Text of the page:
},
    (error) => {
      actualError = error;
    },
    () => {
      fail('complete handler must not be called');
    },
  );

  controller.expectOne(expectedUrl).error(
    errorEvent,
    { status, statusText }
  );

  if (!actualError) {
    throw new Error('Error needs to be defined');
  }
  expect(actualError.error).toBe(errorEvent);
  expect(actualError.status).toBe(status);
  expect(actualError.statusText).toBe(statusText);
});

This example is deliberately verbose. It shows you how to test all details. It fails fast and provides helpful error messages.

This approach is recommended for Service methods that have a dedicated error handling. For example, a Service might distinguish between successful responses (like “200 OK”), client errors (like “404 Not Found”) and server errors (like “500 Server error”).

Alternatives for finding pending requests

We have used controller.expectOne to find a request that matches the expected URL. Sometimes it is necessary to specify more criteria, like the method (GET, POST, etc.), headers or the request body.

expectOne has several signatures. We have used the simplest, a string that is interpreted as URL:

controller.expectOne('https://www.example.org')

To search for a request with a given method and url, pass an object with these properties:

controller.expectOne({
  method: 'GET',
  url: 'https://www.example.org'
})

If you need to find one request by looking at its details, you can pass a function:

controller.expectOne(
  (requestCandidate) =>
    requestCandidate.method === 'GET' &&
    requestCandidate.url === 'https://www.example.org' &&
    requestCandidate.headers.get('Accept') === 'application/json',
);

This predicate function is called for each request, decides whether the candidate matches and returns a boolean.

This lets you sift through all requests programmatically and check all criteria. The candidate is an HttpRequest instance with properties like method, url, headers, body, params, etc.

There are two possible approaches: Either you use expectOne with many criteria, like in the predicate example. If some request detail does not match, expectOne throws an exception and fails the test.

Or you use expectOne with few criteria, passing { method: '…', url: '…' }. To check the request details, you can still use Jasmine expectations.

expectOne returns a TestRequest instance. This object only has methods to answer the request, but no direct information about the request. Use the request property to access the underlying HttpRequest.

// Get the TestRequest.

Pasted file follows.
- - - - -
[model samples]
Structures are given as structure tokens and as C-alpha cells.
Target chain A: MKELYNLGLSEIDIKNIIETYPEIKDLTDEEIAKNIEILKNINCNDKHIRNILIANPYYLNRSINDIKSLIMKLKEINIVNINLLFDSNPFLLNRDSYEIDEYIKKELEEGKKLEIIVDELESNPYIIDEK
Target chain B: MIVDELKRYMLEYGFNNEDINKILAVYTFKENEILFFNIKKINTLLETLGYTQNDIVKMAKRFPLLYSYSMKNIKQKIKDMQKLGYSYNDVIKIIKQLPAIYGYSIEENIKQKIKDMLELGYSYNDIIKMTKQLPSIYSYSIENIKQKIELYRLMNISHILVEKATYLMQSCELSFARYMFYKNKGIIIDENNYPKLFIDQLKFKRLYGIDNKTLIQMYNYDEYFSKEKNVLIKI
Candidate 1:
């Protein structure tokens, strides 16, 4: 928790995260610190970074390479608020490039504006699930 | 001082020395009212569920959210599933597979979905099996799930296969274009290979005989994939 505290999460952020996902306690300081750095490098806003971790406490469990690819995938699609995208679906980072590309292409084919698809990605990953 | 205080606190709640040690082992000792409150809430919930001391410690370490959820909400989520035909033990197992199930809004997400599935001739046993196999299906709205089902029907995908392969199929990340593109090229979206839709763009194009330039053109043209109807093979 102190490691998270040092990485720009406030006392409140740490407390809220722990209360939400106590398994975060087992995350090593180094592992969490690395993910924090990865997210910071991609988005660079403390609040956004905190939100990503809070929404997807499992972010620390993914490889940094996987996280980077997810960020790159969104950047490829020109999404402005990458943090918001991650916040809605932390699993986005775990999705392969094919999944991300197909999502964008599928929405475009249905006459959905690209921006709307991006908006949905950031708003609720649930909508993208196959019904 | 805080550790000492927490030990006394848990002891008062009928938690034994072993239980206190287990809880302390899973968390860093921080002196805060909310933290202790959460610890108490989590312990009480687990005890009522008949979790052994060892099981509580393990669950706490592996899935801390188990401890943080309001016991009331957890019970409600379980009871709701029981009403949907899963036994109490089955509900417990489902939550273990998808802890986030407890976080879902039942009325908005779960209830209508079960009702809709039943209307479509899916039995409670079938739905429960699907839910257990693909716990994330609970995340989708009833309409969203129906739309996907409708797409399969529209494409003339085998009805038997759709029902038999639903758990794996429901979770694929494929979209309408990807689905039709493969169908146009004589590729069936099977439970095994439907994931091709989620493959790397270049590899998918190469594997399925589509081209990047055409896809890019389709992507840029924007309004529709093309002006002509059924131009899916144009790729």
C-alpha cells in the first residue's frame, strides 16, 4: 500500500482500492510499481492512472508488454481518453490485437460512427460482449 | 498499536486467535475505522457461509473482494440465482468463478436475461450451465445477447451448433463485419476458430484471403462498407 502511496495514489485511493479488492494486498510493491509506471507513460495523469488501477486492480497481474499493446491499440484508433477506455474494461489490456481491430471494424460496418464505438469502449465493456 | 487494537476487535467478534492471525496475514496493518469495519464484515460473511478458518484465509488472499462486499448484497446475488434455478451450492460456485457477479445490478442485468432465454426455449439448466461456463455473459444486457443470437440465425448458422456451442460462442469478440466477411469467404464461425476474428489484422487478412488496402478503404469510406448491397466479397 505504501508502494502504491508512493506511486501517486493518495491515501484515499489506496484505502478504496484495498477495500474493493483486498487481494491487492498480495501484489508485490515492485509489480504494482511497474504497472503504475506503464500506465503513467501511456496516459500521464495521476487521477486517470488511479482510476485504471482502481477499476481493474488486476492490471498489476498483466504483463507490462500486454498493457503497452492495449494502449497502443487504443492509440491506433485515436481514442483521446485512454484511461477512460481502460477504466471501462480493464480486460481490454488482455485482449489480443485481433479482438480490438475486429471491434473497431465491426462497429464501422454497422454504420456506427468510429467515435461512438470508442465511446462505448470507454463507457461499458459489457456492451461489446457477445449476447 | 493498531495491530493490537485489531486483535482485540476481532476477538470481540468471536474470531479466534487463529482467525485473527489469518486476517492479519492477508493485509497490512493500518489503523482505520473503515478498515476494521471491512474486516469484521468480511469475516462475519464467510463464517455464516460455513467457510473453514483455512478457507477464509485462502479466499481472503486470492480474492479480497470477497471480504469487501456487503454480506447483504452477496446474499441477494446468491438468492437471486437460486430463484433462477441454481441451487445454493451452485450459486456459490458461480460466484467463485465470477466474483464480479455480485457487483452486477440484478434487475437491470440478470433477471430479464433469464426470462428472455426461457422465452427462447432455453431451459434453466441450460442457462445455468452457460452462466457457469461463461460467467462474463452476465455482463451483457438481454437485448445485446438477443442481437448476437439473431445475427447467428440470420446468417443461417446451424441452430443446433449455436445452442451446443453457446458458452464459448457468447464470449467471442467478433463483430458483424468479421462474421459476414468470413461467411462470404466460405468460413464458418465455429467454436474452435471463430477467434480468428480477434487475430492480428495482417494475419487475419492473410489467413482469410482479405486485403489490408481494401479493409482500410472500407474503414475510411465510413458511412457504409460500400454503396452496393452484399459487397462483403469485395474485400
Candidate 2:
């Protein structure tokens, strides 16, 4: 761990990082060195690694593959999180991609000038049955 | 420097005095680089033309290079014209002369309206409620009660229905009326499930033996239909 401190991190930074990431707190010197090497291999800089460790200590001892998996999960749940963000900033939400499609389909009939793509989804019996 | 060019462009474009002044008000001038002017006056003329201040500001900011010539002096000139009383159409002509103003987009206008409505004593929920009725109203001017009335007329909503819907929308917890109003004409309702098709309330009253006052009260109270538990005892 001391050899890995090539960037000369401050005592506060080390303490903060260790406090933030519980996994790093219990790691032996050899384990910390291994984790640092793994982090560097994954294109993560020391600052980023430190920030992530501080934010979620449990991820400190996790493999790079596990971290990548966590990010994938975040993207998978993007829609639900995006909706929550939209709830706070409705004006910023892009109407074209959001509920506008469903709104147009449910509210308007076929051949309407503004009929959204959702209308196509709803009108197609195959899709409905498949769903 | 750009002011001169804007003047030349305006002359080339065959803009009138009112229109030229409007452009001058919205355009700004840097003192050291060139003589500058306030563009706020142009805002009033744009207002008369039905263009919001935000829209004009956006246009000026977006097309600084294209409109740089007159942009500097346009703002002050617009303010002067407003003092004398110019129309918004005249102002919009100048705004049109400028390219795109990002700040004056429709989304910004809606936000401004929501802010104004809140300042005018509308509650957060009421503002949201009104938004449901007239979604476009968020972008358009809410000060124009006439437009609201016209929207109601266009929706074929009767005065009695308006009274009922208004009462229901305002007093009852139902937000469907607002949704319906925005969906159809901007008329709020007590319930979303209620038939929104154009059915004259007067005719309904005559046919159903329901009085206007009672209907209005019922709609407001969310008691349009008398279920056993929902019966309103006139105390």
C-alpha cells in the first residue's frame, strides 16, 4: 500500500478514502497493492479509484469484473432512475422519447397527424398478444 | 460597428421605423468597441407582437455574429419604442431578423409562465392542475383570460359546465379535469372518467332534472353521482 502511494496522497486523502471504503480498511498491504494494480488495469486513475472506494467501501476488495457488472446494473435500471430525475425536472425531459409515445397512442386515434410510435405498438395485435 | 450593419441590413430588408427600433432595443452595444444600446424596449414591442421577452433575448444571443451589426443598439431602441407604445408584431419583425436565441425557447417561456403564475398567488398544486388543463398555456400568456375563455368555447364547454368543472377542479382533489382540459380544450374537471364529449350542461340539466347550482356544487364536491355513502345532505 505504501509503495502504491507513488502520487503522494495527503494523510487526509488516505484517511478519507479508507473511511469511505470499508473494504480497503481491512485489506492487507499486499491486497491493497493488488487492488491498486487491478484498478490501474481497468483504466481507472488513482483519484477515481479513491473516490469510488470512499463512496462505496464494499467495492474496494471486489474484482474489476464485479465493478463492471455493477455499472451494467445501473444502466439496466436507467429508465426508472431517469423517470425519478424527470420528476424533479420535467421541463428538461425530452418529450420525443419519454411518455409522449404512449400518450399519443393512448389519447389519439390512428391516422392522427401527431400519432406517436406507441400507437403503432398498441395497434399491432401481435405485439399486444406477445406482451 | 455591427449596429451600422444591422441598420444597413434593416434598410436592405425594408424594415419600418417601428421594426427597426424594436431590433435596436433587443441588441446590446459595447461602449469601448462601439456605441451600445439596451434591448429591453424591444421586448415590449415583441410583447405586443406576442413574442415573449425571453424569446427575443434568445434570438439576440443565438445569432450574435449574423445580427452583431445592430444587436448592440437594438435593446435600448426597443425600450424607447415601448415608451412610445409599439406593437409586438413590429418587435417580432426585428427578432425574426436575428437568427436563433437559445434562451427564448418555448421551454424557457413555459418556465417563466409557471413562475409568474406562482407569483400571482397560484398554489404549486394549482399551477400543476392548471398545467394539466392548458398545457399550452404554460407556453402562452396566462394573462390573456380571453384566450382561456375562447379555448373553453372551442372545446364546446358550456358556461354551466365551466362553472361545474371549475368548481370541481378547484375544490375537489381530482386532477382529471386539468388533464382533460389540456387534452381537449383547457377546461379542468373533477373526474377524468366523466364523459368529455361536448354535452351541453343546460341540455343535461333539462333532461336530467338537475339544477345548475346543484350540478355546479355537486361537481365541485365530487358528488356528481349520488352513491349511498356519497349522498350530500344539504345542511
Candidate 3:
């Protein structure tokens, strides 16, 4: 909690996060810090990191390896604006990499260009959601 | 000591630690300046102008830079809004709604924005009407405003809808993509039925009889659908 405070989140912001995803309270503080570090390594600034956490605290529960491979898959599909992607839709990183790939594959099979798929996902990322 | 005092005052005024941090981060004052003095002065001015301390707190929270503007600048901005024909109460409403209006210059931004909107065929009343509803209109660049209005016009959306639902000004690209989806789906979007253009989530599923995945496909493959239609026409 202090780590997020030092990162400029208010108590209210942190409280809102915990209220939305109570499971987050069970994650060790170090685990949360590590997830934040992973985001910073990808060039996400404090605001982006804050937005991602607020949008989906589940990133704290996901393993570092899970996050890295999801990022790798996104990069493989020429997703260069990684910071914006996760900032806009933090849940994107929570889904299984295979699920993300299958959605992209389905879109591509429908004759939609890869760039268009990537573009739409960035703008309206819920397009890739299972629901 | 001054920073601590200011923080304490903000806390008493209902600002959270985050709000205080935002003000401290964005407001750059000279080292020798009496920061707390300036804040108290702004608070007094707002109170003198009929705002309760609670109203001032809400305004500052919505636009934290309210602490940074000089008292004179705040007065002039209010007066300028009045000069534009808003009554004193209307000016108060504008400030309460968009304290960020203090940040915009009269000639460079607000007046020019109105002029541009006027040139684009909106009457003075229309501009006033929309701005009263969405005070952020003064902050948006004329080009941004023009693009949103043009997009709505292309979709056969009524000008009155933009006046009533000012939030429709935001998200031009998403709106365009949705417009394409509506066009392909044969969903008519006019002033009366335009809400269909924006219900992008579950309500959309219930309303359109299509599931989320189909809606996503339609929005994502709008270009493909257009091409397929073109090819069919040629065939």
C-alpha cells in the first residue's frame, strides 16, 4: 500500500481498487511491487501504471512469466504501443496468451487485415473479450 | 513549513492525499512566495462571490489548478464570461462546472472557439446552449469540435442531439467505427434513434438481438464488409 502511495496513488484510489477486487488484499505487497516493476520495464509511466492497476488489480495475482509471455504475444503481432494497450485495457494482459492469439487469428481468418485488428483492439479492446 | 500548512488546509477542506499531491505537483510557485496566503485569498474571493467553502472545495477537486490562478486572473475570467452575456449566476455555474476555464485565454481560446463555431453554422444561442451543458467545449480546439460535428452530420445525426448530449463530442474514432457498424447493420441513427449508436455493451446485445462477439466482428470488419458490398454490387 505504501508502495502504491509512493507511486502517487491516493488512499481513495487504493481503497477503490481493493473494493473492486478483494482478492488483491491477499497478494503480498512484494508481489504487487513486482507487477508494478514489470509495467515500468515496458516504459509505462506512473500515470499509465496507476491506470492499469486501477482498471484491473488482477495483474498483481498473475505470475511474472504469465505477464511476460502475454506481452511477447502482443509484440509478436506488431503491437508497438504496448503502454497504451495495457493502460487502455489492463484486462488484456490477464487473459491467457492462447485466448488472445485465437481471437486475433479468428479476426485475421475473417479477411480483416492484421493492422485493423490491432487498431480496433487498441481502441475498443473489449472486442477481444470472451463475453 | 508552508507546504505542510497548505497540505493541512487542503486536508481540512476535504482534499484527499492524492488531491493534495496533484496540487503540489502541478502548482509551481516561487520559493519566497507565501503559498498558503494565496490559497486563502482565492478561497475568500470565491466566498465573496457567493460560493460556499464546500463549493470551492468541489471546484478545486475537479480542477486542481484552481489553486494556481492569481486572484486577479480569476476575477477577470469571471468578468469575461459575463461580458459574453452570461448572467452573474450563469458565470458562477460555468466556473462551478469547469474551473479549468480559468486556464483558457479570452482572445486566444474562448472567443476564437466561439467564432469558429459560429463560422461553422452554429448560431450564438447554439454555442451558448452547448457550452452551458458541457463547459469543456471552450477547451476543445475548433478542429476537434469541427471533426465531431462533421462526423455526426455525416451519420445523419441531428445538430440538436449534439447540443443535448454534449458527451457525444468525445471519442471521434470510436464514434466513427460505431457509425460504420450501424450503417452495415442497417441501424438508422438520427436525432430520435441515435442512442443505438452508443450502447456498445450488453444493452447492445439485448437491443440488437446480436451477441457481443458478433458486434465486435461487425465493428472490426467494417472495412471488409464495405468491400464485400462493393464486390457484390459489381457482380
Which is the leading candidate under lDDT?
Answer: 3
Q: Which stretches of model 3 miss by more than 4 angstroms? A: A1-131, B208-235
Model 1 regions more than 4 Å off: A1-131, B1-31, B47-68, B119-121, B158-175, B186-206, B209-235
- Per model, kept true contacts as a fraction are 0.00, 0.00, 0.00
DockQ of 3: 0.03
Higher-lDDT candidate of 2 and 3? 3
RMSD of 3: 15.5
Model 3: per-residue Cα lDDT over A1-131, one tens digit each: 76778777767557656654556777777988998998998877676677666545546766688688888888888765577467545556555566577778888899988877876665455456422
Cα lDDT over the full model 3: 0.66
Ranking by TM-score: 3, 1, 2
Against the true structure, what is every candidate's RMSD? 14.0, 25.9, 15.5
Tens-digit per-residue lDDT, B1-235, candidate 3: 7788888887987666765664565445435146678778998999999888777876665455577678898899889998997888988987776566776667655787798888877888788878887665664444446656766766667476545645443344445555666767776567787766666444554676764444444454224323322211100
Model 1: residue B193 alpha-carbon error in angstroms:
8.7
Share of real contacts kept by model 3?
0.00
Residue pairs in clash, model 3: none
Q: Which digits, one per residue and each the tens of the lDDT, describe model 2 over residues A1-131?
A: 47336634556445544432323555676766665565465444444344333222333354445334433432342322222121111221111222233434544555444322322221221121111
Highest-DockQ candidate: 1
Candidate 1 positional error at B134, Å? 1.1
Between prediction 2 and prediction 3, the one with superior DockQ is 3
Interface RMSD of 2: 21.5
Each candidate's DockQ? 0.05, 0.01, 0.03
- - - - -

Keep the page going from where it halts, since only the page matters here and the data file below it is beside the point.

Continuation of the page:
const request = controller.expectOne({
  method: 'GET',
  url: 'https://www.example.org'
});
// Get the underlying HttpRequest. Yes, this is confusing.
const httpRequest = request.request;
expect(httpRequest.headers.get('Accept')).toBe('application/json');
request.flush({ success: true });

This is equivalent to the predicate example above, but gives a more specific error message if the header is incorrect.

In addition to expectOne, there is the match method for finding multiple requests that match certain criteria. It returns an array of requests. If there are no matches, the array is empty, but the spec does not fail. Hence, you need to add Jasmine expectations to check the array and the requests therein.

Assume there is a CommentService with a method postTwoComments. The code under test makes two requests to the same URL, but with a different body.

@Injectable()
class CommentService() {
  constructor(private http: HttpClient) {}
  public postTwoComments(firstComment: string, secondComment: string) {
    return combineLatest([
      this.http.post('/comments/new', { comment: firstComment }),
      this.http.post('/comments/new', { comment: secondComment }),
    ]);
  }
}

The spec could contain:

const firstComment = 'First comment!';
const secondComment = 'Second comment!';
commentService
  .postTwoComments(firstComment, secondComment)
  .subscribe();

const requests = controller.match({
  method: 'POST',
  url: '/comments/new',
});
expect(requests.length).toBe(2);
expect(requests[0].request.body).toEqual({ comment: firstComment });
expect(requests[1].request.body).toEqual({ comment: secondComment });
requests[0].flush({ success: true });
requests[1].flush({ success: true });

We verify the number of requests and also the body of each request. If these checks pass, we answer each request.

Testing Services: Summary

All in all, testing Services is easier than testing other Angular application parts. Most Services have a clear purpose and a well-defined public API.

If the Service under test depends on another Service, a unit test needs to the fake the dependency. This is probably the hardest part, but takes the same effort as faking Services that are Component dependencies.

Angular ships with crucial Services that are commonly used in your own Services. Since Angular intends to be testable, Angular also offers tools to replace them with fakes.

We have used the HttpClientTestingModule for testing a Service that depends on HttpClient. To name another example, there is the RouterTestingModule for testing Services that depend on Router and Location.